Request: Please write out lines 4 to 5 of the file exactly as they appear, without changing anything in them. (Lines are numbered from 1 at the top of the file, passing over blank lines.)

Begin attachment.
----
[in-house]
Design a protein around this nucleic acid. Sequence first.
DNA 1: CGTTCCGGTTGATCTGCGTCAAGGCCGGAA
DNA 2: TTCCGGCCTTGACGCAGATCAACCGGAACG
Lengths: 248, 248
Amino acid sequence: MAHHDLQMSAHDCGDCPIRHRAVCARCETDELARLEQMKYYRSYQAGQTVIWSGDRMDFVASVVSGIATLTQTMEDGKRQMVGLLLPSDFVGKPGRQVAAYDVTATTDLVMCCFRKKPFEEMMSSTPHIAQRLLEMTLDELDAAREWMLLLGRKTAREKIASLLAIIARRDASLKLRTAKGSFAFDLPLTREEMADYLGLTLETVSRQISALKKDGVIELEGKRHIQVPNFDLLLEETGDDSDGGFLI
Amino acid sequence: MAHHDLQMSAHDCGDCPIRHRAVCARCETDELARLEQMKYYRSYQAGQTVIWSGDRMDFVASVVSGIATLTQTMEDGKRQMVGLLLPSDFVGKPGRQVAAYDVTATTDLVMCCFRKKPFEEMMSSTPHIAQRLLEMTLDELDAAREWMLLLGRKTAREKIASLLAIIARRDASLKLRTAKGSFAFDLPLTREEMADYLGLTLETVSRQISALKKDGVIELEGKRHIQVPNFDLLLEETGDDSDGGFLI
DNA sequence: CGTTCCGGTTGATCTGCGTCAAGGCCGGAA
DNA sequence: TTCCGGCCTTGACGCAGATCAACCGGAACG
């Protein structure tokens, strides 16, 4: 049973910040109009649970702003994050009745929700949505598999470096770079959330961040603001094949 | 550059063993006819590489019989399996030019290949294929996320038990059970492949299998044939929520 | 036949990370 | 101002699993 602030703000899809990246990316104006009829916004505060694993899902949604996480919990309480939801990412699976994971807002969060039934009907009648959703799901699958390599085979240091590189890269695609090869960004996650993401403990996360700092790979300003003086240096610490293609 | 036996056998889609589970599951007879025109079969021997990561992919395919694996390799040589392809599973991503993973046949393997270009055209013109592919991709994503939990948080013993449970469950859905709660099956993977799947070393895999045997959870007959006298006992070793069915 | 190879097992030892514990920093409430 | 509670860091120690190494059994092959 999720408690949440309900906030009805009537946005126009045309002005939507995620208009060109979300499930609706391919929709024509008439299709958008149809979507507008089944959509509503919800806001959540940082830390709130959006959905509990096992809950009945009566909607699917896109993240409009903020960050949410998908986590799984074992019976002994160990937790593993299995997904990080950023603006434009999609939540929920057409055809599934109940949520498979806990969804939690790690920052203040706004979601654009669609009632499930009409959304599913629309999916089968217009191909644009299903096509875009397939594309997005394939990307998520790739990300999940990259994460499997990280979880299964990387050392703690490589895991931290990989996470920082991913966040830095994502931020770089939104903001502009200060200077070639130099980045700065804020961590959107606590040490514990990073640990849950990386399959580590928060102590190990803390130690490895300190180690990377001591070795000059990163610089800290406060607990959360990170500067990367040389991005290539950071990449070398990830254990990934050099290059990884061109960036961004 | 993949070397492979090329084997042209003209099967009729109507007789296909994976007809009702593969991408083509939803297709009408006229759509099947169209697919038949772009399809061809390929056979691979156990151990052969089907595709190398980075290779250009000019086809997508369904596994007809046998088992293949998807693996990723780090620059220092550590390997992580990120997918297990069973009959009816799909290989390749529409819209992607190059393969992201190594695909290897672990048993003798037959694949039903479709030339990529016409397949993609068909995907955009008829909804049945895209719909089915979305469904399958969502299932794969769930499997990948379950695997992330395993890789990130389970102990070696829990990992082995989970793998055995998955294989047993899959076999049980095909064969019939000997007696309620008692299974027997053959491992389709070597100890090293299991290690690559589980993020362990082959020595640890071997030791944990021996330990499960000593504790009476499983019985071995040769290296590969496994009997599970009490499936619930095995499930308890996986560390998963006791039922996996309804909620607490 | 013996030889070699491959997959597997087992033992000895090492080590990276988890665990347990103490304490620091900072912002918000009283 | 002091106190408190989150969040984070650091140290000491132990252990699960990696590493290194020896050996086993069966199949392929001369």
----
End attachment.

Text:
DNA 2: TTCCGGCCTTGACGCAGATCAACCGGAACG
Lengths: 248, 248